Last month, an old friend brought me a recording of the greatest concert he'd ever seen, Leonard Cohen, live in London, three years ago. It's haunting, powerful music, by a poet, composer, and singer, whose life has been as tough and sinewy and loving as an old tree.
The song that transfixed me, words and music, was "Dance Me to the End of Love." That's the way I feel about this time. I'm dancing, spinning around, happy in the last rhythms of the life I love. When the music stops -- when I can't tie my bow tie, tell a funny story, walk my dog, talk with Whitney, kiss someone special, or tap out lines like this -- I'll know that Life is over.
It's time to be gone.
Those are Clendenin's final words from the New York Times Sunday magazine article he wrote last summer. A gay alcoholic with Lou Gehrig's disease, Clendinen was describing his own impending death. He didn't take his own life as he'd planned, but died of natural causes on May 30, 2012, determined to the end to finish the book he was writing about his final years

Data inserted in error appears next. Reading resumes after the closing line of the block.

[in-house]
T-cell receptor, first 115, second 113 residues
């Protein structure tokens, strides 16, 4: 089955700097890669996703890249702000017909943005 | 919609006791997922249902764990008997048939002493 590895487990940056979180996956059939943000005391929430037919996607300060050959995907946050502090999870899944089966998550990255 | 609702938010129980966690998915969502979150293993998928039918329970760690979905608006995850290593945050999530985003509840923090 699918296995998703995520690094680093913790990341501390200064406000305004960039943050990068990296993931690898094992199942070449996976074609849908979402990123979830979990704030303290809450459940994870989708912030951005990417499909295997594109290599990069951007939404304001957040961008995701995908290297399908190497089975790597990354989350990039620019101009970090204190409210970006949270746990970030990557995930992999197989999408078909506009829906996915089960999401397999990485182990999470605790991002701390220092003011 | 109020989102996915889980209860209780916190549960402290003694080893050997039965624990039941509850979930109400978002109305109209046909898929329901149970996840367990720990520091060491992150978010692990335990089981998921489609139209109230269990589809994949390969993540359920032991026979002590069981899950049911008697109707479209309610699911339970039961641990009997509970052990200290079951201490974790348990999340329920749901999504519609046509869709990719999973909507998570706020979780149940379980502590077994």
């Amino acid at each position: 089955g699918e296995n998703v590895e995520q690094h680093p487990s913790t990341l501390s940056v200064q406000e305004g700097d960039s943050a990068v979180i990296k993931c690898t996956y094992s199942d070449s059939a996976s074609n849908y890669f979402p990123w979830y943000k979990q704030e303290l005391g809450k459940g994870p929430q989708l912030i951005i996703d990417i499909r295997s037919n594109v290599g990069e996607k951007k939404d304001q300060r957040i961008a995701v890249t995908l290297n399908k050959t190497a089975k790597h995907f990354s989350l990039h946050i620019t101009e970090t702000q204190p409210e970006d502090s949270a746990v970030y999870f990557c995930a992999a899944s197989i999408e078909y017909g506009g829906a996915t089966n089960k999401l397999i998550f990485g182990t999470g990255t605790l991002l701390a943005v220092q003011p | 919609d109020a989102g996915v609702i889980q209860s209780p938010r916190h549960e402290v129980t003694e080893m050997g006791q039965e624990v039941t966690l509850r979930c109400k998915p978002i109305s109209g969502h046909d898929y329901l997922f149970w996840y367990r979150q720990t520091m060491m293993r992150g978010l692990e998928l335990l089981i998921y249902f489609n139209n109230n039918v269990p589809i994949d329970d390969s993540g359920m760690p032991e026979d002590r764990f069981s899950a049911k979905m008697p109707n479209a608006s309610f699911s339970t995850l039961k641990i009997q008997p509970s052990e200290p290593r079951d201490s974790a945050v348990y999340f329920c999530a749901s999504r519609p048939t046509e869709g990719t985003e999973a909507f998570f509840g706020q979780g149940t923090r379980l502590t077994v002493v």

.Between February, 2011 and January, 2012, he participated in a series of interviews with his friend and Baltimore radio host Tom Hall, in which Clendinen discussed his disease, mental state, and preparations for death. I found his comments about death -- even in the last two interviews -- much more uplifting than depressing.In that last interview, Hall asked his guest about a prayer he had written even before the ALS diagnosis. Clendinen answered: "Yes, I did it after I got sober and realized that I should be thankful and I should use the chance to better my life. It's not a religious prayer. I'm not religious, but I'm spiritual. So it's not Catholic, or Muslim, or Jewish, or Protestant. It is just particular to me,"
Oh God, who art the center of all things, thank you for the sobriety of today and of yesterday and of the day before, and all the days of my new life. Help me to keep that life fresh and to view its precious possibility and its purpose, and to use it to loving ends and in important ways to me and to those I love and who love me.
Grant me the serenity to accept the things I cannot change, the courage to change the things I can, and the wisdom to know the difference.